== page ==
Buffalo Garden Club members contribute to community beautification, share plants and plant knowledge with each other and have done so for the past 63 years. 

The active club celebrates “Yard of the Month” during the growing season, holds a plant sale and hosts a flower show. Club members also maintain the display gardens at the Dallas County Community Park. 

Janet Wood has been in the club for 15 years, some as a member, some as the local president and now as the Southwest District Director. 

This year, the Federated Garden Clubs of Missouri Inc. partnered with a 4-H member to create a butterfly garden adjacent to the community park garden, which is located near the airport and the fair grounds. The Buffalo Garden Club has donated a butterfly bush to the project. A Blue Star Memorial also is at the park. 

“It is for all veterans of the armed services,” Wood said. “These are only through garden clubs.” Blue Star Memorials are in every veterans cemetery and many parks, Wood said. The memorials are special projects by garden clubs. 

The Buffalo club recently participated in the National Garden Club’s “Plant it Pink … Planet Pink” program. They surrounded the Blue Star Memorial with pink flowers to raise breast-cancer awareness. 

The local club also plants a tree each year in observation of Arbor Day. The club most recently planted a tree at Grace Community United Methodist Church as a “thank you” gesture for letting them use church facilities for meetings. 

The Buffalo Garden Club volunteers its time and resources to start gardens at Habitat for Humanity homes. 

“The homeowners tell us what they want, and we do it,” Wood said. “If there is something too big, like digging a big hole, Habitat will prepare the site for us.” 

The annual plant sale is now held during the Dallas County Expo, which was on Saturday, April 14. Club members sell seedlings grown at their own homes. The club operates under a license permit, and plants are inspected by the Missouri Department of Agriculture to assure they are insect- and disease-free, Wood said.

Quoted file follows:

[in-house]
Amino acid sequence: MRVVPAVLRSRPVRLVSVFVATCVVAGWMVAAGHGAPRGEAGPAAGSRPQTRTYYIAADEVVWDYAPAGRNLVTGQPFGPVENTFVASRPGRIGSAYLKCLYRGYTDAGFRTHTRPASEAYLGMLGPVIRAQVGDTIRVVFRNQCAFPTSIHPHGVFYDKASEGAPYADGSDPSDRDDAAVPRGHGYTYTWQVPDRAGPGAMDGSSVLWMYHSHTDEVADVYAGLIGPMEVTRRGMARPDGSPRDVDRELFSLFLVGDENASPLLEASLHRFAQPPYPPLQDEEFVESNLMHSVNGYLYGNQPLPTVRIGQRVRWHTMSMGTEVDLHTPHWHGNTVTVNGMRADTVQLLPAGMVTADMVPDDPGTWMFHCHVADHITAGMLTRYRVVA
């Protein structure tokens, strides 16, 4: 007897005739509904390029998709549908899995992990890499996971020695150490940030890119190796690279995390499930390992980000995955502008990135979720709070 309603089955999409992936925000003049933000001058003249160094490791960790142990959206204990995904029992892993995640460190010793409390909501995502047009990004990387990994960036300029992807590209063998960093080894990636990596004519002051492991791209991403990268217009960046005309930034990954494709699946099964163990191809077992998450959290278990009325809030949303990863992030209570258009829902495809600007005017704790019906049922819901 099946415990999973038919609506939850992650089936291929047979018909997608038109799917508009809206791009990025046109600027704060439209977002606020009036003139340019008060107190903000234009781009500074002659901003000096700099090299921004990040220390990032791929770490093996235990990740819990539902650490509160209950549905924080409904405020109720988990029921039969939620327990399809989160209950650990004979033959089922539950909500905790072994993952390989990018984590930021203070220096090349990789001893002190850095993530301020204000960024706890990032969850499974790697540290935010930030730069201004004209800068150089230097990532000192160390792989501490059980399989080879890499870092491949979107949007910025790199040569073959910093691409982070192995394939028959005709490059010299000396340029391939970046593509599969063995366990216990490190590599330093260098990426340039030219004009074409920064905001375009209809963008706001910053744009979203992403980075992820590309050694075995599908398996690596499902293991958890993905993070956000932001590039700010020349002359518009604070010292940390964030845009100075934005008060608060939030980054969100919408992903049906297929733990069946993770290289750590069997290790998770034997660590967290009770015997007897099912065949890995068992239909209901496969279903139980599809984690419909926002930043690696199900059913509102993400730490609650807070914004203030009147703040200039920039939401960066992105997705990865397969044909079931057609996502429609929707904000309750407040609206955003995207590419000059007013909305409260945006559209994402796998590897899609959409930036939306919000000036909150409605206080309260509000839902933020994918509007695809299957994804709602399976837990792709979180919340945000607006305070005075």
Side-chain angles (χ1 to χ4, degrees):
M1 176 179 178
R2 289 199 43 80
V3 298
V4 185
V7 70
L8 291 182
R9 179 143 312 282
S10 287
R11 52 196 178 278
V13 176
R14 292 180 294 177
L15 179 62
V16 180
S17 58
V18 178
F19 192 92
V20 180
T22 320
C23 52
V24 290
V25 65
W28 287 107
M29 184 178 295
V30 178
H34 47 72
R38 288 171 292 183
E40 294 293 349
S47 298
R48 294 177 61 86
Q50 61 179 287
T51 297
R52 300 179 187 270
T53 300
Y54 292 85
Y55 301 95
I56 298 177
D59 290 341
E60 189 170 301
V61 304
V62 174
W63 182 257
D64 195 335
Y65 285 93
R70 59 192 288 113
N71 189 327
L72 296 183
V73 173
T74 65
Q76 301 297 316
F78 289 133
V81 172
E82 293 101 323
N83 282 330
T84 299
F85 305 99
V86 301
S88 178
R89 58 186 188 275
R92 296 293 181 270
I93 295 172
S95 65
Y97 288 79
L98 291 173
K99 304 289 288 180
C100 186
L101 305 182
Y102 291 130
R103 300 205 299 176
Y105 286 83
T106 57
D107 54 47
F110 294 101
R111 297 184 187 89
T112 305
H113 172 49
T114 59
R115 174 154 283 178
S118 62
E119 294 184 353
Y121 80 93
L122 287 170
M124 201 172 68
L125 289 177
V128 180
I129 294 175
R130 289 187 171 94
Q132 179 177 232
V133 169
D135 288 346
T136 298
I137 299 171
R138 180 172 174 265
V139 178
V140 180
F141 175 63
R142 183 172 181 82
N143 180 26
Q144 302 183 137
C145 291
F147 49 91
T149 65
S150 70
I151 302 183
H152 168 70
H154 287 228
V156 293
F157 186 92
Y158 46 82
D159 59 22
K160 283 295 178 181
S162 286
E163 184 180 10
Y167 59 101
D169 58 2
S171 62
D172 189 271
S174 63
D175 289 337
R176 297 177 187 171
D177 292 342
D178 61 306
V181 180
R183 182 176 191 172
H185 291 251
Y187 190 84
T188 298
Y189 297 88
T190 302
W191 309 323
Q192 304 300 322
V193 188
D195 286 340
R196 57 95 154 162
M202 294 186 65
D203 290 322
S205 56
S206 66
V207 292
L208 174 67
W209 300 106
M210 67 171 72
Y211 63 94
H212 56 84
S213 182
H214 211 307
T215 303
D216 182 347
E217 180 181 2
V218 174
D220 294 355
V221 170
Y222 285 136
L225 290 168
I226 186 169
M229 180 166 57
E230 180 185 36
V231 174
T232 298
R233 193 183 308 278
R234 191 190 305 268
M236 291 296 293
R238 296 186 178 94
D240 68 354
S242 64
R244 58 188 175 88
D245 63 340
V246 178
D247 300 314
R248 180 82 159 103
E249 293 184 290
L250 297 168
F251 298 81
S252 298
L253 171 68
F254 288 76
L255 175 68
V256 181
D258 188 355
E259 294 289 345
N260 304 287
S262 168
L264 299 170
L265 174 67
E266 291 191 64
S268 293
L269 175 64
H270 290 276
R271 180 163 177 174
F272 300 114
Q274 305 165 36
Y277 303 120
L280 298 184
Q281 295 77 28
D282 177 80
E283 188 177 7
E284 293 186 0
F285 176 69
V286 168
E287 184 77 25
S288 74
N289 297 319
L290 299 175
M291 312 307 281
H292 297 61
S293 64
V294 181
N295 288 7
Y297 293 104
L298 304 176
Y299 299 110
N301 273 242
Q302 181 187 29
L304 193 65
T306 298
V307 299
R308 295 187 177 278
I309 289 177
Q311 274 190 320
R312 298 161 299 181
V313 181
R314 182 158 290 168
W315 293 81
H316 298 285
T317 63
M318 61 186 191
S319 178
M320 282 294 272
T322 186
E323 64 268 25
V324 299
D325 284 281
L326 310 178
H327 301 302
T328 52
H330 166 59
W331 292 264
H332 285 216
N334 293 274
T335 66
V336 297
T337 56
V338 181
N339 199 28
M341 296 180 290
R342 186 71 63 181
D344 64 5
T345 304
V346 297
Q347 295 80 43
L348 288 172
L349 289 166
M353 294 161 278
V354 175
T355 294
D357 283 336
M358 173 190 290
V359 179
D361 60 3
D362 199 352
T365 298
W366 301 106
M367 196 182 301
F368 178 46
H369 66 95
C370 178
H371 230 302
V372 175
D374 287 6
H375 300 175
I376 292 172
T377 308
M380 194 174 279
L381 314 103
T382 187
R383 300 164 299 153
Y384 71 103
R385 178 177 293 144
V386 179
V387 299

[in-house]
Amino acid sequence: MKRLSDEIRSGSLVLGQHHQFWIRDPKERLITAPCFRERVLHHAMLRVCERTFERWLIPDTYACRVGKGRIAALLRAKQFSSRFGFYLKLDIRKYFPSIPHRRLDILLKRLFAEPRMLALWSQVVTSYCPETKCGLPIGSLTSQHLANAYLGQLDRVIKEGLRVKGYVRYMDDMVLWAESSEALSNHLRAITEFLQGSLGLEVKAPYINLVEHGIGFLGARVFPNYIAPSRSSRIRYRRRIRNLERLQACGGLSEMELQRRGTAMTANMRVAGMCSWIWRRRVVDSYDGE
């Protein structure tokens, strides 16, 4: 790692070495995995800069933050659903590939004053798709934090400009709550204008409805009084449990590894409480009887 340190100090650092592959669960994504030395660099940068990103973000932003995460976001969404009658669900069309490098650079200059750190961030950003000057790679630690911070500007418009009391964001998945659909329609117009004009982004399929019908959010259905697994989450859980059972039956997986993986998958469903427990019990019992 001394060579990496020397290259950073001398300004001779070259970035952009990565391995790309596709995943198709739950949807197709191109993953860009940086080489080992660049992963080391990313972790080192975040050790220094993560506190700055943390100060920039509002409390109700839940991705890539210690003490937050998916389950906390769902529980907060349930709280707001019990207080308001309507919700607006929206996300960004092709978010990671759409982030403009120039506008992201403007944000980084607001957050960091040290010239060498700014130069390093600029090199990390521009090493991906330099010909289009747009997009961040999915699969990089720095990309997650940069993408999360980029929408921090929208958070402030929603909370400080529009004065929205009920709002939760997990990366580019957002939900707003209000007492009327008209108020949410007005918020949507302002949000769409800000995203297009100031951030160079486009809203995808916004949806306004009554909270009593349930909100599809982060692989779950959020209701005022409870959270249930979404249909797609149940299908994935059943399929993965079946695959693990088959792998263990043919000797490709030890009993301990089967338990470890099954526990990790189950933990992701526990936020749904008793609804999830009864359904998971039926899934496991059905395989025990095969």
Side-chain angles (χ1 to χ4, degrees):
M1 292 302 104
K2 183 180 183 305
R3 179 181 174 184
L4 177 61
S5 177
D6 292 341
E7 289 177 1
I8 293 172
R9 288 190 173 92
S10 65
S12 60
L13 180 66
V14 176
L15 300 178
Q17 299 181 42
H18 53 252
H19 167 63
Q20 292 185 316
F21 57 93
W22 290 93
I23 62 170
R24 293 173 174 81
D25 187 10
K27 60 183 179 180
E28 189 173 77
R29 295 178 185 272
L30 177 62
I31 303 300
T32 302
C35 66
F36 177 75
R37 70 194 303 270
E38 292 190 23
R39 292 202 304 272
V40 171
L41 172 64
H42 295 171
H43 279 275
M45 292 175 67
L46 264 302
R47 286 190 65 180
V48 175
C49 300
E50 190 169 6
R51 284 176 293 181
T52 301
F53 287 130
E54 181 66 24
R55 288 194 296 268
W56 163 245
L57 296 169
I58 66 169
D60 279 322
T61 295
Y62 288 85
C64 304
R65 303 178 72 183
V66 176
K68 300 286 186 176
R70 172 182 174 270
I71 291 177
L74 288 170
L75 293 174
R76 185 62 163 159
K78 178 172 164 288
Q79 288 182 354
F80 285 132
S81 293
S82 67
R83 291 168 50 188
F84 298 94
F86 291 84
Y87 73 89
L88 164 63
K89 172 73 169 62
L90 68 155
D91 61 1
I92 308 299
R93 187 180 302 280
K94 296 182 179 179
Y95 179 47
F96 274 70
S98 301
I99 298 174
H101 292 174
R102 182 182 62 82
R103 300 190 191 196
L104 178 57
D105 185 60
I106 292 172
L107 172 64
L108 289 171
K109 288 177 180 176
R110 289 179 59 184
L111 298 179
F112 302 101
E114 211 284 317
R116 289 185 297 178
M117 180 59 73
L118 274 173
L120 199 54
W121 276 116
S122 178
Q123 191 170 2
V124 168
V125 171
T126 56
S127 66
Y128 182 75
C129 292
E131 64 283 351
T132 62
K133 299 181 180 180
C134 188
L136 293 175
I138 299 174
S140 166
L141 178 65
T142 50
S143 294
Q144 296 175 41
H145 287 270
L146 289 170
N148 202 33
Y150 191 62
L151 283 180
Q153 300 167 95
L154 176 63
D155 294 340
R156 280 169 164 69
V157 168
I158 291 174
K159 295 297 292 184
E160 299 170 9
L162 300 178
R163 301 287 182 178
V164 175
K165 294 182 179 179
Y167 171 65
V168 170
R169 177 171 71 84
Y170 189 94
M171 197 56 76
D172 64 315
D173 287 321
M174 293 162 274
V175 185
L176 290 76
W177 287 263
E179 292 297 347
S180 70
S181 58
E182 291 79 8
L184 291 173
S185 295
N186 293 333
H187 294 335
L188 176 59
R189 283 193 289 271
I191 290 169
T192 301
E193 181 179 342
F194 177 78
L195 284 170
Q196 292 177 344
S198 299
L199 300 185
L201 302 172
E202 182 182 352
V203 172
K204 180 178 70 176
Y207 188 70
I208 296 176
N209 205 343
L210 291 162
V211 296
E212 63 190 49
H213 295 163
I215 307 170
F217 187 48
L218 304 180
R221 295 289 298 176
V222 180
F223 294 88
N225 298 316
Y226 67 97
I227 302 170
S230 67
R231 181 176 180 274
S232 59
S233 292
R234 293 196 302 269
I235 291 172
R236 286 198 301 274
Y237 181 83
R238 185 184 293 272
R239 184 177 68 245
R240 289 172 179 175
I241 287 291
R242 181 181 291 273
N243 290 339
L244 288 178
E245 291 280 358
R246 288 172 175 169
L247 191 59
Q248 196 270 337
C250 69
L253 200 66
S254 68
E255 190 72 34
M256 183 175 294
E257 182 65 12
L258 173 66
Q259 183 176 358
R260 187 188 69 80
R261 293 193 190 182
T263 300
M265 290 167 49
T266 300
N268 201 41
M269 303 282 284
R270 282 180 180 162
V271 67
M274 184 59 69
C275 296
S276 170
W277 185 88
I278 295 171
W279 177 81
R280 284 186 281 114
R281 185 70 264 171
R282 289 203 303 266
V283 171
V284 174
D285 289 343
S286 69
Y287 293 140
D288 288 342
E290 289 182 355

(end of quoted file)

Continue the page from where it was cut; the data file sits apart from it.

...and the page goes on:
Each year, members enjoy an outing to plant nurseries in Tunas and Leadmine. They enjoy buying new plants as well as stopping at bakeries and country stores. 

Ten months out of the year, the club meets on the fourth Thursday of the month at 1 p.m. 

“It’s a fun organization,” Wood said. “We don’t try to be a professional group. It’s a civic organization, not just social.” 

Buffalo will host the fall district meeting this year. Clubs from El Dorado Springs, Springfield and Shell Knob will attend. 

The flower show is June 1 and 2 this year. It was pushed back a few weeks due to the prolonged spring, Wood said.  

“We like to encourage community pride. When people have pride in their community, they have pride in their yard,” Wood said.

Wood is involved with the local efforts behind the Community Foundation of the Ozarks Growth in Rural Ozarks (GRO) project. Although Wood is not interested in GRO to gain employment for herself, she supports the community beautification aspect. 

Wood submits club news to the Buffalo Reflex each month and always encourages interested people to attend a meeting. Members enjoy talking about plants, and even share flowers.

“That’s how I got a lot of my flowers,” Wood said. “You collect seeds, or people divide their iris and bring it in.”

Next month’s meeting will be at Thelma Kurtz’s home in Louisburg. 

“She has a wild-lower walking path on her acreage,” Wood said. “The state foresters gave her an award for the path. It is very well planned, and decorated with little things along the way.” 

Kurtz is constantly adding to and changing the path, Wood said. 

The Buffalo Garden Club currently has 10 members who are generally non-working, often retired, women. Some members join with no gardening experience, and more experienced members teach about gardening and plant identification, Wood said.

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